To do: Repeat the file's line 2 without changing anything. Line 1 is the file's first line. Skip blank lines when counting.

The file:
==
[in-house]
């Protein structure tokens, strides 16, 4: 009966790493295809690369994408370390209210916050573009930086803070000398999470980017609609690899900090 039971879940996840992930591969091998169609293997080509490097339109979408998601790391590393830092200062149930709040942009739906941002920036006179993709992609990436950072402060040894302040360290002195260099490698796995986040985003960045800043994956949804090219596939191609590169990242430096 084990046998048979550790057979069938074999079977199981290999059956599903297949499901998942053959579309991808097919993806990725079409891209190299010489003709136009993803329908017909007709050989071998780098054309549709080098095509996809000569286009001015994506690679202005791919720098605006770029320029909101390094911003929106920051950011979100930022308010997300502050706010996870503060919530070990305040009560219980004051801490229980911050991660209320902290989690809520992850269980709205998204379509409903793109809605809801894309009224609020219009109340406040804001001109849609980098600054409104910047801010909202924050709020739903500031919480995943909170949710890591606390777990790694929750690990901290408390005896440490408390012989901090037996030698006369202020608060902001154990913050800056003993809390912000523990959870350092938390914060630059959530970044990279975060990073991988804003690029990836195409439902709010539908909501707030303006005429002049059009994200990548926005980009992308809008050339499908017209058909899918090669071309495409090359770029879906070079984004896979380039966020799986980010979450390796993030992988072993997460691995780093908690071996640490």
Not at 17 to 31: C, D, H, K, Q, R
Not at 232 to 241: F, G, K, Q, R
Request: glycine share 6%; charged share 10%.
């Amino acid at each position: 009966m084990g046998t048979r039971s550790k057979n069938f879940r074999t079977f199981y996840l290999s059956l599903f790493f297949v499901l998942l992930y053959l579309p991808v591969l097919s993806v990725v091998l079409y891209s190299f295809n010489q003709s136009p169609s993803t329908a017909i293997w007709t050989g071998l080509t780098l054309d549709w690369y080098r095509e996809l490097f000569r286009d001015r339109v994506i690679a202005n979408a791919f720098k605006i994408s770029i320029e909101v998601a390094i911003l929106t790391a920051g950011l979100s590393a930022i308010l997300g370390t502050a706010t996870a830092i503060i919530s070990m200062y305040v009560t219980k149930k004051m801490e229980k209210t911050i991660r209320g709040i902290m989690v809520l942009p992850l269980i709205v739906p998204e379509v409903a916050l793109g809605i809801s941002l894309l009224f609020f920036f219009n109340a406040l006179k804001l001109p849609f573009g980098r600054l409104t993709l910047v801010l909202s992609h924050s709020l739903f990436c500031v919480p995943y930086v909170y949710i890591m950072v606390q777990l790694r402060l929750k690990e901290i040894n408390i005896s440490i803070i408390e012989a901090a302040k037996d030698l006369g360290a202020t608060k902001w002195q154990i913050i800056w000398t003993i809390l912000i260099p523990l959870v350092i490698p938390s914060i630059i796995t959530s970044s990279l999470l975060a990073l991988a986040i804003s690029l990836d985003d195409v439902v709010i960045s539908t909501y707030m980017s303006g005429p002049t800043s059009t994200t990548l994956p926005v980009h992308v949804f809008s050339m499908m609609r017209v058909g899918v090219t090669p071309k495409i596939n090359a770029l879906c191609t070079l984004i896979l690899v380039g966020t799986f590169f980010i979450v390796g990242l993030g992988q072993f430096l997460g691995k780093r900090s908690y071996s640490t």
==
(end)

């Protein structure tokens, strides 16, 4: 009966790493295809690369994408370390209210916050573009930086803070000398999470980017609609690899900090 039971879940996840992930591969091998169609293997080509490097339109979408998601790391590393830092200062149930709040942009739906941002920036006179993709992609990436950072402060040894302040360290002195260099490698796995986040985003960045800043994956949804090219596939191609590169990242430096 084990046998048979550790057979069938074999079977199981290999059956599903297949499901998942053959579309991808097919993806990725079409891209190299010489003709136009993803329908017909007709050989071998780098054309549709080098095509996809000569286009001015994506690679202005791919720098605006770029320029909101390094911003929106920051950011979100930022308010997300502050706010996870503060919530070990305040009560219980004051801490229980911050991660209320902290989690809520992850269980709205998204379509409903793109809605809801894309009224609020219009109340406040804001001109849609980098600054409104910047801010909202924050709020739903500031919480995943909170949710890591606390777990790694929750690990901290408390005896440490408390012989901090037996030698006369202020608060902001154990913050800056003993809390912000523990959870350092938390914060630059959530970044990279975060990073991988804003690029990836195409439902709010539908909501707030303006005429002049059009994200990548926005980009992308809008050339499908017209058909899918090669071309495409090359770029879906070079984004896979380039966020799986980010979450390796993030992988072993997460691995780093908690071996640490």